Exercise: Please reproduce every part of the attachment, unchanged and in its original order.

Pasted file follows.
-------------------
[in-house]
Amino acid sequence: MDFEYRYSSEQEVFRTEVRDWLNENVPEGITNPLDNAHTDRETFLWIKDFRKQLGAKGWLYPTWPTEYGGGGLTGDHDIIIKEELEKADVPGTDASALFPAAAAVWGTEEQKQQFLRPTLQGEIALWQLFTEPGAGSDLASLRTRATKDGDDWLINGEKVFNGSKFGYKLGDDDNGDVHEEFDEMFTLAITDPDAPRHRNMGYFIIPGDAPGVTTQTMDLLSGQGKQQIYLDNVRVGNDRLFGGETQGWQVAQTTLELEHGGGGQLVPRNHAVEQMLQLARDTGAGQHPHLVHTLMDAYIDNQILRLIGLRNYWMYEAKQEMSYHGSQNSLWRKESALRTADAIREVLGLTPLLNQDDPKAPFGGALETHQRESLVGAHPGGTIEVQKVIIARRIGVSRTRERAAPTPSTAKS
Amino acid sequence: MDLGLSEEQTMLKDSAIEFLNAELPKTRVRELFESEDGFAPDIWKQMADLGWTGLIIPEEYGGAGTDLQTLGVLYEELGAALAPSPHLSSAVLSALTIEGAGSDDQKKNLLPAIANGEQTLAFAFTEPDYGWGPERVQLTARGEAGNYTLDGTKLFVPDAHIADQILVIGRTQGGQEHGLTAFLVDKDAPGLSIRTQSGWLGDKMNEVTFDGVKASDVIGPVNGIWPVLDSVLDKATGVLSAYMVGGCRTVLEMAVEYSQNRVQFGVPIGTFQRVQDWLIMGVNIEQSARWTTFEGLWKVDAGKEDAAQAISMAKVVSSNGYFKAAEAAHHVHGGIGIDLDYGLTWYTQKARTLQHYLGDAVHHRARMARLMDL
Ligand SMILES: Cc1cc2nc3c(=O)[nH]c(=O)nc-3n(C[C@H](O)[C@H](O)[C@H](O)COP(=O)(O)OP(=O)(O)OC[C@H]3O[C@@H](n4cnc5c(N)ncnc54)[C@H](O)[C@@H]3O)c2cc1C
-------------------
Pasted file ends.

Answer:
[in-house]
Amino acid sequence: MDFEYRYSSEQEVFRTEVRDWLNENVPEGITNPLDNAHTDRETFLWIKDFRKQLGAKGWLYPTWPTEYGGGGLTGDHDIIIKEELEKADVPGTDASALFPAAAAVWGTEEQKQQFLRPTLQGEIALWQLFTEPGAGSDLASLRTRATKDGDDWLINGEKVFNGSKFGYKLGDDDNGDVHEEFDEMFTLAITDPDAPRHRNMGYFIIPGDAPGVTTQTMDLLSGQGKQQIYLDNVRVGNDRLFGGETQGWQVAQTTLELEHGGGGQLVPRNHAVEQMLQLARDTGAGQHPHLVHTLMDAYIDNQILRLIGLRNYWMYEAKQEMSYHGSQNSLWRKESALRTADAIREVLGLTPLLNQDDPKAPFGGALETHQRESLVGAHPGGTIEVQKVIIARRIGVSRTRERAAPTPSTAKS
Amino acid sequence: MDLGLSEEQTMLKDSAIEFLNAELPKTRVRELFESEDGFAPDIWKQMADLGWTGLIIPEEYGGAGTDLQTLGVLYEELGAALAPSPHLSSAVLSALTIEGAGSDDQKKNLLPAIANGEQTLAFAFTEPDYGWGPERVQLTARGEAGNYTLDGTKLFVPDAHIADQILVIGRTQGGQEHGLTAFLVDKDAPGLSIRTQSGWLGDKMNEVTFDGVKASDVIGPVNGIWPVLDSVLDKATGVLSAYMVGGCRTVLEMAVEYSQNRVQFGVPIGTFQRVQDWLIMGVNIEQSARWTTFEGLWKVDAGKEDAAQAISMAKVVSSNGYFKAAEAAHHVHGGIGIDLDYGLTWYTQKARTLQHYLGDAVHHRARMARLMDL
Ligand SMILES: Cc1cc2nc3c(=O)[nH]c(=O)nc-3n(C[C@H](O)[C@H](O)[C@H](O)COP(=O)(O)OP(=O)(O)OC[C@H]3O[C@@H](n4cnc5c(N)ncnc54)[C@H](O)[C@@H]3O)c2cc1C